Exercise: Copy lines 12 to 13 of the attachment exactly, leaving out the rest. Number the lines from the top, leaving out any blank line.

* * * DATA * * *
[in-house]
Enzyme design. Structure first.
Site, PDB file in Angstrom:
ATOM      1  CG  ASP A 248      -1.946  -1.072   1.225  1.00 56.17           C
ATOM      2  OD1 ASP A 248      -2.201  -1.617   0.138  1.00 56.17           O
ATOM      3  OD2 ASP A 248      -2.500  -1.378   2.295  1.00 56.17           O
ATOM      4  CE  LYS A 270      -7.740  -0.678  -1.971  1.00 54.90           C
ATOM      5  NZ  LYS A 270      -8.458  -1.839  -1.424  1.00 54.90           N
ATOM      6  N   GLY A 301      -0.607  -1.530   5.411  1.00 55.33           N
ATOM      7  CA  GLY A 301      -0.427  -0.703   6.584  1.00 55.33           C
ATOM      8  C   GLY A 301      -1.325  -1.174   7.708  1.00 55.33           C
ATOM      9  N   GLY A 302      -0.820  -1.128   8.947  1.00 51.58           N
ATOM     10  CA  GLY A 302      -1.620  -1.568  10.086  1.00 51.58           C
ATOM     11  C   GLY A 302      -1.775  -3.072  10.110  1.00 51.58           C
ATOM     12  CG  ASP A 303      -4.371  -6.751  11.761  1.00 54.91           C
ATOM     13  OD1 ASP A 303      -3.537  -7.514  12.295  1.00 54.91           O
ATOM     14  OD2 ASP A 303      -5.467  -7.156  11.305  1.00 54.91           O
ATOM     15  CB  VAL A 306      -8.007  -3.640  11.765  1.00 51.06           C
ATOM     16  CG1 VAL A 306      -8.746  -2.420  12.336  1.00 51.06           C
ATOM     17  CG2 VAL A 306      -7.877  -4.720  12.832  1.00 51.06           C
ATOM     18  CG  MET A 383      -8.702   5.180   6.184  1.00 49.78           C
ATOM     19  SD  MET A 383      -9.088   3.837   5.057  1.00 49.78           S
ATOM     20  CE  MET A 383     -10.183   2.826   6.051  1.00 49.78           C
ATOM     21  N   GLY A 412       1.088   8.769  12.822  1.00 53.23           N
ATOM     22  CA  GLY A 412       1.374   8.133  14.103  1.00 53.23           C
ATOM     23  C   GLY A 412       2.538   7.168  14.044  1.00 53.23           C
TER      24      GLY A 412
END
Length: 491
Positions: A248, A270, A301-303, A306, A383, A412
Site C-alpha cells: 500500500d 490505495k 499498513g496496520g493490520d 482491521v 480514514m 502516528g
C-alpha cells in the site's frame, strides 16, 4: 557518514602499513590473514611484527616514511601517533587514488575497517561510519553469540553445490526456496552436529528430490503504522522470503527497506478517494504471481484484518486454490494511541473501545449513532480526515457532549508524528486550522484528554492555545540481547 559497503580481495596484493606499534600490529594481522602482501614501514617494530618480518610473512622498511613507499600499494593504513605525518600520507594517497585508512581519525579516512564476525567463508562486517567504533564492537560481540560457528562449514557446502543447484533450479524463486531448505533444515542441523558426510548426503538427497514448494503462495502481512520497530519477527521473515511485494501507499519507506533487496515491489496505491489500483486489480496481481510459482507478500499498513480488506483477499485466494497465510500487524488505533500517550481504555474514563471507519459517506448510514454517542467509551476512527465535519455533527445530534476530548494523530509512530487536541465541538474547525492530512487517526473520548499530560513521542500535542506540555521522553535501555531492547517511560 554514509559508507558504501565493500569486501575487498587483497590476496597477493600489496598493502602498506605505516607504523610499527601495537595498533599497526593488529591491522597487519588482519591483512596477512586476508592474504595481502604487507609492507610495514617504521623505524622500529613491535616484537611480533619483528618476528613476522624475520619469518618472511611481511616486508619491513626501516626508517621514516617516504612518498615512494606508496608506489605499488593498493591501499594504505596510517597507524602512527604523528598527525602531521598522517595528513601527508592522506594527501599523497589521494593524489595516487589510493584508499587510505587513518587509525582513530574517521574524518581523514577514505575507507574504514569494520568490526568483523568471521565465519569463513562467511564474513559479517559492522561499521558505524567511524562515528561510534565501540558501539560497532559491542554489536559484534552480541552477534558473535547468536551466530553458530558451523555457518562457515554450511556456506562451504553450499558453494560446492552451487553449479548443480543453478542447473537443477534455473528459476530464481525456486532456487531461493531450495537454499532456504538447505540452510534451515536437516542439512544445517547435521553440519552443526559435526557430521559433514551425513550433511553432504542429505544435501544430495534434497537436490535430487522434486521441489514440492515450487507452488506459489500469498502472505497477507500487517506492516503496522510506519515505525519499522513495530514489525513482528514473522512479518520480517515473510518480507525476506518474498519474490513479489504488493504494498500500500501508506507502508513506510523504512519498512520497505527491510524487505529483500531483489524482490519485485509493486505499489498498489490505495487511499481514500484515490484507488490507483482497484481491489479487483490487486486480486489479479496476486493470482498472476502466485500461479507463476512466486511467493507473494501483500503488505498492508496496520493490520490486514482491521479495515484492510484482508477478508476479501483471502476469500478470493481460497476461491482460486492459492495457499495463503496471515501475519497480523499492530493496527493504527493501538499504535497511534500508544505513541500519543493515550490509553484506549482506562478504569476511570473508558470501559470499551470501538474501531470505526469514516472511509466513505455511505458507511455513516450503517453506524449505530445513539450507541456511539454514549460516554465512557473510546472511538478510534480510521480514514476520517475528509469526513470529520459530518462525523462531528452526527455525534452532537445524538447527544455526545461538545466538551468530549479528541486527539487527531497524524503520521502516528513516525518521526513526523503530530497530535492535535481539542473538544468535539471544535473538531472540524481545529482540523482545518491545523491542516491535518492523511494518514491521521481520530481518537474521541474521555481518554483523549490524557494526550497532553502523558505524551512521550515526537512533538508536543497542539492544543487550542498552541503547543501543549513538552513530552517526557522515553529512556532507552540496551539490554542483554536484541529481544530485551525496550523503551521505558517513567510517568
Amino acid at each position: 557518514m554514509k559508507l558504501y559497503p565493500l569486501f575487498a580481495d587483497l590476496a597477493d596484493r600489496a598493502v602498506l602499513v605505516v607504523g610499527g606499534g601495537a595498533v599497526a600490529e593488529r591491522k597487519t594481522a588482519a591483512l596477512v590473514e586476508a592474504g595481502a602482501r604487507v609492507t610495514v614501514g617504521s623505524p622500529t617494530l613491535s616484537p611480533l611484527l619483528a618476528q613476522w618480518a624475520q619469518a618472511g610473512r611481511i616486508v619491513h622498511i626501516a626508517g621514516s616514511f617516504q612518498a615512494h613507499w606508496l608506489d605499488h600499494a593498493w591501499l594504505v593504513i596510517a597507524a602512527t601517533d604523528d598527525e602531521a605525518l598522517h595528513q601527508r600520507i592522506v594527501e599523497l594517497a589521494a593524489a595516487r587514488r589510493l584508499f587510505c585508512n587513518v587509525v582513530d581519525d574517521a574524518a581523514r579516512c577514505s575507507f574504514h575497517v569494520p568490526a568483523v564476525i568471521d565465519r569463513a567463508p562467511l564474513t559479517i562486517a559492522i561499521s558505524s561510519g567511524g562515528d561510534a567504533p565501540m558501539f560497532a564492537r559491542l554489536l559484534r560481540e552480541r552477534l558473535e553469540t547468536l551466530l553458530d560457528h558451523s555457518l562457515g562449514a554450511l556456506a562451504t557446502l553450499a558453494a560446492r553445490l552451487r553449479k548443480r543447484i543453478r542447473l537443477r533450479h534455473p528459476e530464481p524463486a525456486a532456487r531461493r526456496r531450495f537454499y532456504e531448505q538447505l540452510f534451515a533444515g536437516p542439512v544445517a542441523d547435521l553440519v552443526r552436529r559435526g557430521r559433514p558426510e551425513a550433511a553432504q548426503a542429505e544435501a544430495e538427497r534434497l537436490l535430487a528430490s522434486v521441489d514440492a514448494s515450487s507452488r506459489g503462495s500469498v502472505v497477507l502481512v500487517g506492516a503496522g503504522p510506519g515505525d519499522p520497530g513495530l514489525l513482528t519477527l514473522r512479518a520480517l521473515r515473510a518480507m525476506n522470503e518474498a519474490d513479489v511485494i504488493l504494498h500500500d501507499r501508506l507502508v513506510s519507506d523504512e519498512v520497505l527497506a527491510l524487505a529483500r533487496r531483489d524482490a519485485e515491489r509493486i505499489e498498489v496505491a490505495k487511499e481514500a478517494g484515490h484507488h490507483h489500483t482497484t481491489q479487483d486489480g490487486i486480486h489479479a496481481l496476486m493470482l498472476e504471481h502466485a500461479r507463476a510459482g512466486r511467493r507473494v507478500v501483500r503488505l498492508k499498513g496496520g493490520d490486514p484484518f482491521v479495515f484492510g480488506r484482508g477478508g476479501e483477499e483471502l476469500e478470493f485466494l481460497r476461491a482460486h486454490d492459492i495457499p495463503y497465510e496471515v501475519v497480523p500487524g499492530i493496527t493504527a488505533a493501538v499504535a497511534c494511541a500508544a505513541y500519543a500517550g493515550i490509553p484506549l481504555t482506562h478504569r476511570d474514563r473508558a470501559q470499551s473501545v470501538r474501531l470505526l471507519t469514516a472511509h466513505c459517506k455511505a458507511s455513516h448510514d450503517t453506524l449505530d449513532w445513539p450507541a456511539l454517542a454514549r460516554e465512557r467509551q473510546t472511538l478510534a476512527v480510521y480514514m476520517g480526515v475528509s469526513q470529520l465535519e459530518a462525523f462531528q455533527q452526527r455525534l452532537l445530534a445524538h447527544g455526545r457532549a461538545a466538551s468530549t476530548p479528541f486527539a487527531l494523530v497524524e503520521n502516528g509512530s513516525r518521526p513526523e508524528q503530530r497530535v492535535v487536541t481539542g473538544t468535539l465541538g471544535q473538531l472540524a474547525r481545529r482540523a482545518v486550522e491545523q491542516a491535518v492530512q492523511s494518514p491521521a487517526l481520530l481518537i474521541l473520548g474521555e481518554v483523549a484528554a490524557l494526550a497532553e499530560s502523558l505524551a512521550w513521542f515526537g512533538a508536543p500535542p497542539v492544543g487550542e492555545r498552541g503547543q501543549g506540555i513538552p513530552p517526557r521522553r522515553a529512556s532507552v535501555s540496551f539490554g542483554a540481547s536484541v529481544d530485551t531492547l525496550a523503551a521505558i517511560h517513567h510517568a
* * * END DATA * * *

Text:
ATOM      9  N   GLY A 302      -0.820  -1.128   8.947  1.00 51.58           N
ATOM     10  CA  GLY A 302      -1.620  -1.568  10.086  1.00 51.58           C